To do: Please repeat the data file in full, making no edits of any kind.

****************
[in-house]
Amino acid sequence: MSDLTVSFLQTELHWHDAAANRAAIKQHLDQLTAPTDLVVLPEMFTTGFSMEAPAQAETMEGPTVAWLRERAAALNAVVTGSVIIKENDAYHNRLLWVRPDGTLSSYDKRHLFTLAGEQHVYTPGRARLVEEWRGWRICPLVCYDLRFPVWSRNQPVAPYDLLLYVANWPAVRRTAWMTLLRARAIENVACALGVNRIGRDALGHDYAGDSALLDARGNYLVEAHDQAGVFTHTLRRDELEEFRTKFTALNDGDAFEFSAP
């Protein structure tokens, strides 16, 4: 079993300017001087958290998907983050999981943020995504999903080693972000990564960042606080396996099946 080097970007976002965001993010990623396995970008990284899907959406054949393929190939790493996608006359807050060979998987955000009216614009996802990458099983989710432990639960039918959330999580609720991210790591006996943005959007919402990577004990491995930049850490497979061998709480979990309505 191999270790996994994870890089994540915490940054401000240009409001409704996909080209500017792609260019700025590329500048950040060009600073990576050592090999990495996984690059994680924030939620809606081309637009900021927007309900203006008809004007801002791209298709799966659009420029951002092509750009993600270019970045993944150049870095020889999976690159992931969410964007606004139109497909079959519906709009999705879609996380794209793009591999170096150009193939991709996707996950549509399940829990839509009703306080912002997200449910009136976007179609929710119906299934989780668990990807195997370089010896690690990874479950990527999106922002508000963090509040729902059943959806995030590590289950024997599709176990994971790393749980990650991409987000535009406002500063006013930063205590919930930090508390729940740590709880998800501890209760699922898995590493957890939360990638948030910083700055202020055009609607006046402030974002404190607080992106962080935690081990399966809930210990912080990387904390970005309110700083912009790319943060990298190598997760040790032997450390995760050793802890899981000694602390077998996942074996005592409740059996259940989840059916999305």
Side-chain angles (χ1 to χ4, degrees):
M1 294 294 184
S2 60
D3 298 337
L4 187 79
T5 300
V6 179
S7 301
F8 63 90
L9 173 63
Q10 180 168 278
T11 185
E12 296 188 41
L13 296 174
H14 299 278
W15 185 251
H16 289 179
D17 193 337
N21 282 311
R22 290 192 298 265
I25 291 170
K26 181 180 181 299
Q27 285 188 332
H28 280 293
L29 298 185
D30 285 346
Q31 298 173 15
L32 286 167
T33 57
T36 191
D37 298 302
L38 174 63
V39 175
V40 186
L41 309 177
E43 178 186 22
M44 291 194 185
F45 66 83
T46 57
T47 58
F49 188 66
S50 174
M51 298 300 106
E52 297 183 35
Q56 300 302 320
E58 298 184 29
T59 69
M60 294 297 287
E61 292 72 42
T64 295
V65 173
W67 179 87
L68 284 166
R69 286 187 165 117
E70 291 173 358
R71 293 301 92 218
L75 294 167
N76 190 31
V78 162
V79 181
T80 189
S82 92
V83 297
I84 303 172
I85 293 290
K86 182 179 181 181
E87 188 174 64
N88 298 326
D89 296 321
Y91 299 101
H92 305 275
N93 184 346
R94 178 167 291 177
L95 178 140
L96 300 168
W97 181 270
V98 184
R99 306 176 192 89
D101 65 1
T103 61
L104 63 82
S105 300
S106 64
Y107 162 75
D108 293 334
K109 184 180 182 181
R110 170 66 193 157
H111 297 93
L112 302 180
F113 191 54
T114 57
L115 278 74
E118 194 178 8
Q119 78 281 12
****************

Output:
[in-house]
Amino acid sequence: MSDLTVSFLQTELHWHDAAANRAAIKQHLDQLTAPTDLVVLPEMFTTGFSMEAPAQAETMEGPTVAWLRERAAALNAVVTGSVIIKENDAYHNRLLWVRPDGTLSSYDKRHLFTLAGEQHVYTPGRARLVEEWRGWRICPLVCYDLRFPVWSRNQPVAPYDLLLYVANWPAVRRTAWMTLLRARAIENVACALGVNRIGRDALGHDYAGDSALLDARGNYLVEAHDQAGVFTHTLRRDELEEFRTKFTALNDGDAFEFSAP
């Protein structure tokens, strides 16, 4: 079993300017001087958290998907983050999981943020995504999903080693972000990564960042606080396996099946 080097970007976002965001993010990623396995970008990284899907959406054949393929190939790493996608006359807050060979998987955000009216614009996802990458099983989710432990639960039918959330999580609720991210790591006996943005959007919402990577004990491995930049850490497979061998709480979990309505 191999270790996994994870890089994540915490940054401000240009409001409704996909080209500017792609260019700025590329500048950040060009600073990576050592090999990495996984690059994680924030939620809606081309637009900021927007309900203006008809004007801002791209298709799966659009420029951002092509750009993600270019970045993944150049870095020889999976690159992931969410964007606004139109497909079959519906709009999705879609996380794209793009591999170096150009193939991709996707996950549509399940829990839509009703306080912002997200449910009136976007179609929710119906299934989780668990990807195997370089010896690690990874479950990527999106922002508000963090509040729902059943959806995030590590289950024997599709176990994971790393749980990650991409987000535009406002500063006013930063205590919930930090508390729940740590709880998800501890209760699922898995590493957890939360990638948030910083700055202020055009609607006046402030974002404190607080992106962080935690081990399966809930210990912080990387904390970005309110700083912009790319943060990298190598997760040790032997450390995760050793802890899981000694602390077998996942074996005592409740059996259940989840059916999305």
Side-chain angles (χ1 to χ4, degrees):
M1 294 294 184
S2 60
D3 298 337
L4 187 79
T5 300
V6 179
S7 301
F8 63 90
L9 173 63
Q10 180 168 278
T11 185
E12 296 188 41
L13 296 174
H14 299 278
W15 185 251
H16 289 179
D17 193 337
N21 282 311
R22 290 192 298 265
I25 291 170
K26 181 180 181 299
Q27 285 188 332
H28 280 293
L29 298 185
D30 285 346
Q31 298 173 15
L32 286 167
T33 57
T36 191
D37 298 302
L38 174 63
V39 175
V40 186
L41 309 177
E43 178 186 22
M44 291 194 185
F45 66 83
T46 57
T47 58
F49 188 66
S50 174
M51 298 300 106
E52 297 183 35
Q56 300 302 320
E58 298 184 29
T59 69
M60 294 297 287
E61 292 72 42
T64 295
V65 173
W67 179 87
L68 284 166
R69 286 187 165 117
E70 291 173 358
R71 293 301 92 218
L75 294 167
N76 190 31
V78 162
V79 181
T80 189
S82 92
V83 297
I84 303 172
I85 293 290
K86 182 179 181 181
E87 188 174 64
N88 298 326
D89 296 321
Y91 299 101
H92 305 275
N93 184 346
R94 178 167 291 177
L95 178 140
L96 300 168
W97 181 270
V98 184
R99 306 176 192 89
D101 65 1
T103 61
L104 63 82
S105 300
S106 64
Y107 162 75
D108 293 334
K109 184 180 182 181
R110 170 66 193 157
H111 297 93
L112 302 180
F113 191 54
T114 57
L115 278 74
E118 194 178 8
Q119 78 281 12